Scavenger SV-4 tells amazing space horror stories

The mission was a disaster. I'd accidentally killed everyone on the space station and bludgeoned my own head in. But, you know, I'm feeling pretty pleased with myself. I'd explored a great deal of the planet, brought back some sweet alien booty, and hadn't died of radiation sickness. If it weren't for the fact I killed everyone, my score for the mission would've been in the hundreds of thousands! 

I feel that's something to be proud of.

Scavenger SV-4 is a kind of first-person roguelike (roguelike-like?) about exploring an alien planet, and it's unlike any game I've played before. Every run begins with me alone in a small research ship in orbit above a new planet, facing the terminal screen above my bunk. One of its many cool features is that, like Doom 3, you directly interact with screens. The view smoothly zooms in so I can press the button that shows my log and read about how I came here. The story's always different, but in this one an old friend got in touch from out of the blue with coordinates for a distant planet. Go there, the friend told me, there's riches beyond my dreams. Evidently, I did.

The ship's bridge is next to the bunk. Since the ship is in zero-G, I move by flying, clicking on a panel to open the doors, and drift over to the bridge's single seat, which sits before a terminal that controls my probe. The actual probe is in a room behind me, and I can send it down to the surface to map it and find alien artifacts to bring back and research. When I hit the 'Launch' button, its grainy video feed shows the interior of my ship as the probe rotates to align with the airlock and thrusts out.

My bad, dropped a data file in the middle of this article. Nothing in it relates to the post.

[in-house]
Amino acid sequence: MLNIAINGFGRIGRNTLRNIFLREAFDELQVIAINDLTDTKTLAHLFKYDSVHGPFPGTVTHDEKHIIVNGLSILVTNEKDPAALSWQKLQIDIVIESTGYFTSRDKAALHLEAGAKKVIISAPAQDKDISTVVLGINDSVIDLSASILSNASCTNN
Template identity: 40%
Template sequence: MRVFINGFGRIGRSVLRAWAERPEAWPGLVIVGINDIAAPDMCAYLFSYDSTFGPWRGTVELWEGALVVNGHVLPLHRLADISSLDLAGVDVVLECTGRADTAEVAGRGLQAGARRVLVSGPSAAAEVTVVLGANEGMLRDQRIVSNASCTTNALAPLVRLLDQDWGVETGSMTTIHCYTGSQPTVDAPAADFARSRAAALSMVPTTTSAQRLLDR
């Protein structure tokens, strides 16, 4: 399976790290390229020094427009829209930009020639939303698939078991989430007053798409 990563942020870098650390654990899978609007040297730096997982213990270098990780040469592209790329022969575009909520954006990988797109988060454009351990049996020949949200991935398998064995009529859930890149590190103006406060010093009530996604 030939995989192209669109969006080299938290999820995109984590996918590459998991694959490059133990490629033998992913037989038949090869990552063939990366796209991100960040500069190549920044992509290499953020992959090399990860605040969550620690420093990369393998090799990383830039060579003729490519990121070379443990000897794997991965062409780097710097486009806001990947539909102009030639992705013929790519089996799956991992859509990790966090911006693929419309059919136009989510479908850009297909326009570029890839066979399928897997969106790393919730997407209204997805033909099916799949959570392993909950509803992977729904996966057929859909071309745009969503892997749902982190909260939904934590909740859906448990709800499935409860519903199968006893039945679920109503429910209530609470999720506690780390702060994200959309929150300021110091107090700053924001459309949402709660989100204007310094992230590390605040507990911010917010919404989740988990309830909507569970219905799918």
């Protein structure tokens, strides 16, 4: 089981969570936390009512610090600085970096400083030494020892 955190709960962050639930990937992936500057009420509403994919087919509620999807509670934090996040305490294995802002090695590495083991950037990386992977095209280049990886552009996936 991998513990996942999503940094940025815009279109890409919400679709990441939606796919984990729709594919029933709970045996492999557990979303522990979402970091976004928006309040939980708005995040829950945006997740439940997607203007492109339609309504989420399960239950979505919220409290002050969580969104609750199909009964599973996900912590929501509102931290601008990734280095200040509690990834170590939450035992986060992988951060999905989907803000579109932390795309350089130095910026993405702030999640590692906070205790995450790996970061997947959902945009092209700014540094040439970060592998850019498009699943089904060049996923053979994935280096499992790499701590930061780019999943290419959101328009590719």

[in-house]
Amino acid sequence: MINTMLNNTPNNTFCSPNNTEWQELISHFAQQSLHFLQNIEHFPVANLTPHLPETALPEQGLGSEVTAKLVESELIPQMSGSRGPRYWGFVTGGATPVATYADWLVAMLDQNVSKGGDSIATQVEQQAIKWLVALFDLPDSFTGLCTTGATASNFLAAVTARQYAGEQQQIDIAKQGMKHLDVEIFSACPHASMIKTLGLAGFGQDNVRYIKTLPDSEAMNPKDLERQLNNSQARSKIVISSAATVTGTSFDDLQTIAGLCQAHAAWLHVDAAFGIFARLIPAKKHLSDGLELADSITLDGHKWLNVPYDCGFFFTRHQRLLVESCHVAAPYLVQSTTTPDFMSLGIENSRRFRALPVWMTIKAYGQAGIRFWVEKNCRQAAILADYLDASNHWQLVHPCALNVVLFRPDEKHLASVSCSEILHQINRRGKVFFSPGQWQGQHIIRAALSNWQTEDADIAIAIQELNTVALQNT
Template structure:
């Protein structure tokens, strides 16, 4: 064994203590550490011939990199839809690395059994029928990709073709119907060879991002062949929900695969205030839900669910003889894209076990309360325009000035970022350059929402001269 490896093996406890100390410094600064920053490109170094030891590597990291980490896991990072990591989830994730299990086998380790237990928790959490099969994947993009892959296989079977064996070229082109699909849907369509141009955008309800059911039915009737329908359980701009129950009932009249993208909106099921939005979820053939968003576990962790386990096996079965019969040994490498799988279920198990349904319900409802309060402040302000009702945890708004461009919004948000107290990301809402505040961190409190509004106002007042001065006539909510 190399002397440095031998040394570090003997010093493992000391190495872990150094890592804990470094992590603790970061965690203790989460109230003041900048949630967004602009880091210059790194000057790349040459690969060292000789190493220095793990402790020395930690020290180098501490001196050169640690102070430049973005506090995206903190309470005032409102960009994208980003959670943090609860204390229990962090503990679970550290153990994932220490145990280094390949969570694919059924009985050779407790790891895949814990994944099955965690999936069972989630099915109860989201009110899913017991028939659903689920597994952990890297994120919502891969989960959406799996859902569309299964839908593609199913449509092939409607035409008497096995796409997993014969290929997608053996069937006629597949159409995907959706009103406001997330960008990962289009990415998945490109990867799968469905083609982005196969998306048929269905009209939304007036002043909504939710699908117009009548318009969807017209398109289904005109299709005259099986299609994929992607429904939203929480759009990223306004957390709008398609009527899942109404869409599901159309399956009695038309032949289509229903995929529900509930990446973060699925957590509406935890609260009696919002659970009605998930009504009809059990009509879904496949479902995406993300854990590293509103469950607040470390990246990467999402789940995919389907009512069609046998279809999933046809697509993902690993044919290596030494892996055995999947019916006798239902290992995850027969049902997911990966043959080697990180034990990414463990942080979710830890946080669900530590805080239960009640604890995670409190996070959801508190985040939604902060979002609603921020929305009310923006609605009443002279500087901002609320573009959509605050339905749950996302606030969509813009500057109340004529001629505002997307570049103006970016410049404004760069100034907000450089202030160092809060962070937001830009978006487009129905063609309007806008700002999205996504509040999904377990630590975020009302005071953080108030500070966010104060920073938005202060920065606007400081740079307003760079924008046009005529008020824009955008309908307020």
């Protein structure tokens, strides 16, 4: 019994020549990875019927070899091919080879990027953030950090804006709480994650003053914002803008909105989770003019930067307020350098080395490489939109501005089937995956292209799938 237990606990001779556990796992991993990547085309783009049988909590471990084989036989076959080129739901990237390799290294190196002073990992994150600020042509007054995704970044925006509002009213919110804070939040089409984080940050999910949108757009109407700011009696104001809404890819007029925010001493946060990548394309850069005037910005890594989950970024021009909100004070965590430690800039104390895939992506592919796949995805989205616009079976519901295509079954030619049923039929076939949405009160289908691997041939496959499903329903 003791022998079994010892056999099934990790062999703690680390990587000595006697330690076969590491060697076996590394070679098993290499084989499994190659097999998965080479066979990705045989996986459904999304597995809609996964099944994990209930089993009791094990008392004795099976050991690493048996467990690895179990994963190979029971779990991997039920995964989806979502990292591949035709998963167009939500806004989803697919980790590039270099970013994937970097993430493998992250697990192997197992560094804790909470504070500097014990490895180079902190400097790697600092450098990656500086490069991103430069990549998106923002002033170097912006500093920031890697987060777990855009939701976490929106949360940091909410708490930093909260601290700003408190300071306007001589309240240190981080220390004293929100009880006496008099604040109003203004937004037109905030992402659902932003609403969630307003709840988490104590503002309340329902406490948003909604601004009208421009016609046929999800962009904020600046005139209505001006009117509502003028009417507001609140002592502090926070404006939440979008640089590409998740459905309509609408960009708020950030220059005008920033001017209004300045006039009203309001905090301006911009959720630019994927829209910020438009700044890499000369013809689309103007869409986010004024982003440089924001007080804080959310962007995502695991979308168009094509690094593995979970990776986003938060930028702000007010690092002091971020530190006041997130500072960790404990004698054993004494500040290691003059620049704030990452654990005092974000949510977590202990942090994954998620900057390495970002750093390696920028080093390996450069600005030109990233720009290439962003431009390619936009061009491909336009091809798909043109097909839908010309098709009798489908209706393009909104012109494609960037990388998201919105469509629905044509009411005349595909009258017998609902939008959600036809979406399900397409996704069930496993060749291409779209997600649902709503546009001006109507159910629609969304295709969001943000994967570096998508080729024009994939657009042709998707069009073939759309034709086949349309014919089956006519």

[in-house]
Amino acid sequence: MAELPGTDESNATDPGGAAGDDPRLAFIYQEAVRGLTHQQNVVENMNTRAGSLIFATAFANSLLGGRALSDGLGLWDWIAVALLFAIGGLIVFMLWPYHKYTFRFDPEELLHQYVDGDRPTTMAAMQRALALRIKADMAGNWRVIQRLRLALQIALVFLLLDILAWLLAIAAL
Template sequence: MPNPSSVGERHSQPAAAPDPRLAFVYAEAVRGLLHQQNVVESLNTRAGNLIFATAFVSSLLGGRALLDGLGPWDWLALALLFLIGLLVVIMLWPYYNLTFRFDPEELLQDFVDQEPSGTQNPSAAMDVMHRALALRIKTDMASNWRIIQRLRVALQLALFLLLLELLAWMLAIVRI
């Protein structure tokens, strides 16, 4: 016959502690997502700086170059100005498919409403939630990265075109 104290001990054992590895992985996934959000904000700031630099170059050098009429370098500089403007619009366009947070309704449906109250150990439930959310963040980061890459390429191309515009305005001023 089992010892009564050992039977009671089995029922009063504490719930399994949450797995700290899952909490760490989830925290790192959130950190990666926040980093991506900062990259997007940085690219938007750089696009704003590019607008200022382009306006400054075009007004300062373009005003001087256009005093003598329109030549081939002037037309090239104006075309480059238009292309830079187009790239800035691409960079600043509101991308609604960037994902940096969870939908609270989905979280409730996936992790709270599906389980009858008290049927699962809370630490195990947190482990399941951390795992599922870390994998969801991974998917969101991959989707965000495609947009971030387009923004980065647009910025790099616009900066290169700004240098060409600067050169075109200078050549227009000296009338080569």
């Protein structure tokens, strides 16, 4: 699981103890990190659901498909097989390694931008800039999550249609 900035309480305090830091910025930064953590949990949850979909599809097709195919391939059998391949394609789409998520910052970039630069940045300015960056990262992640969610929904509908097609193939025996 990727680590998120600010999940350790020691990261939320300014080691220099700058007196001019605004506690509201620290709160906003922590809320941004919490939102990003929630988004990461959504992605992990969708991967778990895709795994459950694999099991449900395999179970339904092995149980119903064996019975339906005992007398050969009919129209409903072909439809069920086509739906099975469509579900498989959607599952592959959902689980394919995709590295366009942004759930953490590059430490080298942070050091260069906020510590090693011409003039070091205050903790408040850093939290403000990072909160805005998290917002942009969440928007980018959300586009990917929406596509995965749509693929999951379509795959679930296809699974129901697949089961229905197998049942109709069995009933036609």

I watch my ship recede as the probe automatically navigates into planetfall. Getting up to look out of the window, I see it as a speck in the distance. 

The video feed snows up, the probe's mics picking up the roar of entry, and then the noise fades. The view shows the probe is descending over a landscape of mountains. If I click the 'Turret' button I can look around. The planet's natural interference has caused the feed to go monochrome and it's much grainier than when the probe was on the ship, but I can make out weird structures in the distance. And, with a thunk, it hits the ground.

...barely able to make out distant shapes and knowing that if my probe falls into a ravine it'll be destroyed, I'm feeling tense.

The probe has a number of components which I can assign to the terminal's six screens. I have the video feed on the main one, while the power controller shows that the weak generator is providing just enough energy to have my map, compass, microphone and video running while also slowly charging its battery when it's stationary. But as soon as I start trundling around with WASD, the battery starts to drain. That's OK, I have an auxiliary generator. 

I drive the probe towards one of the odd structures. Without all the interference the planet would probably look laughably crude, but, barely able to make out distant shapes and knowing that if my probe falls into a ravine it'll be destroyed, I'm feeling tense. Sometimes the structures are alive and my probe has no weapon. But this one, a bizarre crooked thing that towers over my probe, seems inert, and as the probe nears it the screen indicates there's an object. Maneuvering closer, a 'Pick up' button appears and manipulator arms deploy to stow an alien artifact in one of the probe's three free slots.

Steering carefully around the structure, I head to the next, and then another, hearing only the buzz of my manipulator arms, the hum of motors, and static. With all slots full, it's time to recall the probe, and it immediately launches into the air, heading automatically up to the ship. As it rises, I spy a massive structure in the distance. I'll go there next.